by Mary Alexandra Agner
Today I took off my breasts
for the first time, the only time,
alone in a hospital room
too embarrassed to look
at the directions the nurse had left.
No more woman, never mother,
no mere anything, anomaly.
Outside this building: crowds
and signs and jeers and hate.
Soon some slang to rob me---
of what? My sexuality
is not defined by lumps of fat.
Know me well enough to know
and I will make you moan with me.
I have made form fit function.
Formless, what can my function be?
I stepped across the line
dividing me from every living thing
when I divided self in three.
Even the aliens, in UFOs, make babies.
As though I'm outside time,
no laugh track, no loop back
for my DNA, my balance gone
as I lean forward for my shirt:
I feel the holes.
Swallow, swallow nausea, pride,
the tannin memory this was my choice.
Empty clinic, clock tick,
time enough for all the thousand
mistakes through which I make me me.
Mistakes never unmade me.
Even in regret, pushed through,
breasts first (since ten),
now nothing first, my knees perhaps
my nose, no longer top-heavy, tipped.
A shirt has never lain so flat.
Fear keeps it still.
More than twenty years of eyes
on chest---never one way to stop them
staring---should have pinned pinstripe
and lace in place, immovable.
Just craters now, echo by echo
changing my responsibilities:
self over generations, selfishness
that generates. A contradiction.
I generate so many contradictions:
stark naked even clothed,
armor of skin too sensitive to touch.
New body, same old me,
but now displayed for everyone
to see what I have always been:
alone, an end. Unreal.
Space is the risk of flesh
colliding, crowd recoiling,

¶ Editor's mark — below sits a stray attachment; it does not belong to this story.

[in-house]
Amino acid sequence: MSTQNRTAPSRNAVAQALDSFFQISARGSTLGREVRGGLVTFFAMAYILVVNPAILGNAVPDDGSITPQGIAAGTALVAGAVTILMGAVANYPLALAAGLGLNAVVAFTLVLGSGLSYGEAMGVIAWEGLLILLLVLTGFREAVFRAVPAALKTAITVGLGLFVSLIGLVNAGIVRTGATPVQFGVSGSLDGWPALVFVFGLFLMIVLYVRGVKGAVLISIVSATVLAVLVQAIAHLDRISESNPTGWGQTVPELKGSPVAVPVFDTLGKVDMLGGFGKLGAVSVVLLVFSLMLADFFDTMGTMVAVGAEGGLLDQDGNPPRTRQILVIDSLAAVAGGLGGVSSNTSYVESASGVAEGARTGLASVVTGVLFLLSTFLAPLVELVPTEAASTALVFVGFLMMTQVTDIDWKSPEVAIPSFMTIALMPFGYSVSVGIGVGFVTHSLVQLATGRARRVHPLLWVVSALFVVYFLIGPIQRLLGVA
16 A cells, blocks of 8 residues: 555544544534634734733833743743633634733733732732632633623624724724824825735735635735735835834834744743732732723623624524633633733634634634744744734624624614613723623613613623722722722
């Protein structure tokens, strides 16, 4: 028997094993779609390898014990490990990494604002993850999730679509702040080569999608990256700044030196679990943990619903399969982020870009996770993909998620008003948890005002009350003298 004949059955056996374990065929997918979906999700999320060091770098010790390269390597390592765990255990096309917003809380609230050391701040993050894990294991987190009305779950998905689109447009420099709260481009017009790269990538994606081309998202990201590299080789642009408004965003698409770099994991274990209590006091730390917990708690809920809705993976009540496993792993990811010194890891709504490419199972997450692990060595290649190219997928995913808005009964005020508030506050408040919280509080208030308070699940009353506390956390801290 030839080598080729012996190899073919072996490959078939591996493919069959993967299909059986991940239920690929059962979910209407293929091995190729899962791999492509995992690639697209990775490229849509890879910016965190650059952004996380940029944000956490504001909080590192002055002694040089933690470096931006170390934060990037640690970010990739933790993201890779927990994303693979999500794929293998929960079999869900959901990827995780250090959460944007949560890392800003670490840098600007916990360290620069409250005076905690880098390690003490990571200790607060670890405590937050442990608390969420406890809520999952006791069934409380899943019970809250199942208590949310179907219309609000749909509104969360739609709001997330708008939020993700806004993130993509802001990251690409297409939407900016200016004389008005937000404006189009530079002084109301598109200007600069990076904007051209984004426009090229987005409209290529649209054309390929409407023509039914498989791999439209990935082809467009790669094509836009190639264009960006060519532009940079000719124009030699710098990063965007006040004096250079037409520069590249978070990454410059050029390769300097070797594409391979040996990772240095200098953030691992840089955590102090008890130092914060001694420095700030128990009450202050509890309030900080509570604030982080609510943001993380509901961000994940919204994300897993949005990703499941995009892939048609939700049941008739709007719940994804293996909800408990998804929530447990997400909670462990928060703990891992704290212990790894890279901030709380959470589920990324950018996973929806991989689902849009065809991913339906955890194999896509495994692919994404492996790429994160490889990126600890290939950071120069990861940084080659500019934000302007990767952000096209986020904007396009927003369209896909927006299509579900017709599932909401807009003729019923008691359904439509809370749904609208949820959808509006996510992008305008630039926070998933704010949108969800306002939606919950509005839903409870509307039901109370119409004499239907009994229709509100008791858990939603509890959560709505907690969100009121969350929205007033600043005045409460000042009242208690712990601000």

giving hate so many names:
soulless, slut, witch, bitch,
insisting on my sex the less it shows.
Their voices shove and pull,
word-war un-verbing woman,
conjugating human into change.
Still human? Have I changed
so much cars honk and people slink away?
I work, I walk,
same route, same old routine,
now lonelier. Inside out
my lover doesn't recognize me,
leaves no note, nothing of note
except my broken heart---
accept my broken heart?---
too near the surface. Circus freak
in an everyday big top, big-top-less:
titillate the men,
comfort the women by comparison.
No role model for tertiary.
Thesis. Antithesis. Epiphany.
This is. This isn't my epiphany,
that takes another 14 lines---
or lives---at least. I wish.
This is no fairy tale
of tinted glass and Russian dolls
although my dream came true.
I made myself a refuge and example.
Every un-mother in a mother's body
hears this call. Tradition
puts its nails to chalkboard.
Out-sing the screech:
my body is my body is my body,
when I was born, first bled
and bled again, even the day
I took off my breasts.
Mary Alexandra Agner writes of dead women, telescopes, and secrets. She is the author of The Doors of the Body (Mayapple Press 2009) and The Scientific Method (Parallel Press 2011). She's currently at work on a historical fiction novel-in-verse about the woman who defeated Cyrus the Great of Persia as well as a lyric manuscript consisting of one poem per Shakespearean play. All her life she’s observed the universe and written about it.